Criteria-based diagnosis and antibiotic overuse for upper respiratory infections.
ABSTRACT Studies of antibiotic overuse often rely on physicians' reports of diagnoses, which can overestimate bacterial illness. To assess potential overdiagnosis, we determine bacterial upper respiratory infection diagnoses by direct observation of visit videotapes.
From an observational study of videotaped visits for upper respiratory symptoms (N = 66), coders assessed diagnostic criteria (symptoms, physician description of physical examination findings, and diagnostic tests), physician diagnosis, and prescribing. Survey data included patient demographics and health care utilization as well as physician/practice characteristics (n = 15).
Criteria-based diagnoses were determined from coded diagnostic criteria. Interrater reliabilities were determined for 33% (n = 22) of visits. Chi-square tests assessed concordance between the physician's diagnosis and the criteria-based diagnosis and compared rates of antibiotic overuse as determined from physician and criteria-based diagnoses.
The criteria-based diagnosis agreed with 100% of physicians' diagnoses of streptococcal pharyngitis and 73% of physicians' acute otitis media diagnoses but with only 17% of physicians' sinusitis diagnoses. Antibiotic overuse occurred in 11% of visits based on physicians' diagnoses but in 32% of visits when criteria-based diagnoses were considered, a difference of 21% (95% confidence interval, 2%-38%; P < 0.05).
Criteria-based diagnoses revealed that antibiotic overuse occurred 3 times more frequently than suggested by physician diagnoses. Concordance between physician and criteria-based diagnoses was lowest for sinusitis. Future studies should consider the contribution of overdiagnosis to antibiotic overuse and target this practice to further reduce overuse.
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ABSTRACT: This study examined relationships between provider communication practices, antibiotic prescribing, and parent care ratings during pediatric visits for acute respiratory tract infection (ARTI). A cross-sectional study was conducted of 1,285 pediatric visits motivated by ARTI symptoms. Children were seen by 1 of 28 pediatric providers representing 10 practices in Seattle, Washington, between December 2007 and April 2009. Providers completed post-visit surveys reporting on children's presenting symptoms, physical examination findings, assigned diagnoses, and treatments prescribed. Parents completed post-visit surveys reporting on provider communication practices and care ratings for the visit. Multivariate analyses identified key predictors of prescribing antibiotics for ARTI and of parent visit ratings. Suggesting actions parents could take to reduce their child's symptoms (providing positive treatment recommendations) was associated with decreased risk of antibiotic prescribing whether done alone or in combination with negative treatment recommendations (ruling out the need for antibiotics) [adjusted risk ratio (aRR) 0.48; 95% CI, 0.24-0.95; and aRR 0.15; 95% CI, 0.06-0.40, respectively]. Parents receiving combined positive and negative treatment recommendations were more likely to give the highest possible visit rating (aRR 1.16; 95% CI, 1.01-1.34). Combined use of positive and negative treatment recommendations may reduce the risk of antibiotic prescribing for children with viral ARTIs and at the same time improve visit ratings. With the growing threat of antibiotic resistance at the community and individual level, these communication techniques may assist frontline providers in helping to address this pervasive public health problem. © 2015 Annals of Family Medicine, Inc.The Annals of Family Medicine 05/2015; 13(3):221-7. DOI:10.1370/afm.1785 · 4.57 Impact Factor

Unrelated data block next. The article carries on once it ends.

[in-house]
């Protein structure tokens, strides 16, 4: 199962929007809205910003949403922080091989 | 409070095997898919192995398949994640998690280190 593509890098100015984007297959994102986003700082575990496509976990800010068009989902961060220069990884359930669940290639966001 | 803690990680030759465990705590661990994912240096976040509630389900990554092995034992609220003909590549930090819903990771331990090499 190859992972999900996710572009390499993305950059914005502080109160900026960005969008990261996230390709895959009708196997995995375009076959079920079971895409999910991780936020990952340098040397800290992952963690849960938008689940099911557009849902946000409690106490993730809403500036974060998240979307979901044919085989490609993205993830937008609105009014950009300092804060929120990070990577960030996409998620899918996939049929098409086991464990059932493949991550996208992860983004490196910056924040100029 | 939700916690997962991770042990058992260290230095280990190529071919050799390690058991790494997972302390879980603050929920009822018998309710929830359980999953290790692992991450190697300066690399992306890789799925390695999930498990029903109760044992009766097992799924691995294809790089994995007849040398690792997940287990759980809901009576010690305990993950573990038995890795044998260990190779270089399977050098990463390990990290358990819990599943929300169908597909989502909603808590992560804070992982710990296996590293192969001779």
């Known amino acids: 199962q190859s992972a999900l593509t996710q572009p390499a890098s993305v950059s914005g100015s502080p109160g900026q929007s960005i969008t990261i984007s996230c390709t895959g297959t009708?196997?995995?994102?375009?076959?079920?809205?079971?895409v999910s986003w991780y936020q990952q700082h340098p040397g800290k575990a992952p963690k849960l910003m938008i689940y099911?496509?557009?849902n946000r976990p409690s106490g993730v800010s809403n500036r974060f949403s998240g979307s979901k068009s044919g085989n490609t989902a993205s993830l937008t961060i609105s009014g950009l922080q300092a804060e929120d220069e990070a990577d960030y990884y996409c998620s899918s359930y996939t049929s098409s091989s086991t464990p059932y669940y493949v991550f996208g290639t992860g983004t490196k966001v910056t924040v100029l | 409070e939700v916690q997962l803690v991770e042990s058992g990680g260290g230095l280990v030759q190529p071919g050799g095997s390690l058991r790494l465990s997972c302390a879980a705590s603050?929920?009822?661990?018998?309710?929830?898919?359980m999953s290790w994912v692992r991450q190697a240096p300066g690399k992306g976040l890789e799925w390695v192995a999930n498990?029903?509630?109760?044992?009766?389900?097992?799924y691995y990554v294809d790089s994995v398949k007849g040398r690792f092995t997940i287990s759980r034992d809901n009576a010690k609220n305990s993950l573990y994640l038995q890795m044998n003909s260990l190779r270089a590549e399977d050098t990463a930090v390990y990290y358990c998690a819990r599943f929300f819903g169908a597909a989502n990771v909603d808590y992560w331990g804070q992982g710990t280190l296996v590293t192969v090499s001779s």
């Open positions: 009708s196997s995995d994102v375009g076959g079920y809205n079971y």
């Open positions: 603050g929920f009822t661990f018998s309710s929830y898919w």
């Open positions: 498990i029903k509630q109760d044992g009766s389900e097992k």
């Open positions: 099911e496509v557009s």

- PEDIATRICS 06/2011; 127(6):1174-6. DOI:10.1542/peds.2011-0894 · 5.30 Impact Factor
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ABSTRACT: The European Society for Clinical Microbiology and Infectious Diseases established the Sore Throat Guideline Group to write an updated guideline to diagnose and treat patients with acute sore throat. In diagnosis, Centor clinical scoring system or rapid antigen test can be helpful in targeting antibiotic use. The Centor scoring system can help to identify those patients who have higher likelihood of group A streptococcal infection. In patients with high likelihood of streptococcal infections (e.g. 3-4 Centor criteria) physicians can consider the use of rapid antigen test (RAT). If RAT is performed, throat culture is not necessary after a negative RAT for the diagnosis of group A streptococci. To treat sore throat, either ibuprofen or paracetamol are recommended for relief of acute sore throat symptoms. Zinc gluconate is not recommended to be used in sore throat. There is inconsistent evidence of herbal treatments and acupuncture as treatments for sore throat. Antibiotics should not be used in patients with less severe presentation of sore throat, e.g. 0-2 Centor criteria to relieve symptoms. Modest benefits of antibiotics, which have been observed in patients with 3-4 Centor criteria, have to be weighed against side effects, the effect of antibiotics on microbiota, increased antibacterial resistance, medicalisation and costs. The prevention of suppurative complications is not a specific indication for antibiotic therapy in sore throat. If antibiotics are indicated, penicillin V, twice or three times daily for 10 days is recommended. At the present, there is no evidence enough that indicates shorter treatment length.Clinical Microbiology and Infection 04/2012; 18 Suppl 1:1-28. DOI:10.1111/j.1469-0691.2012.03766.x · 5.20 Impact Factor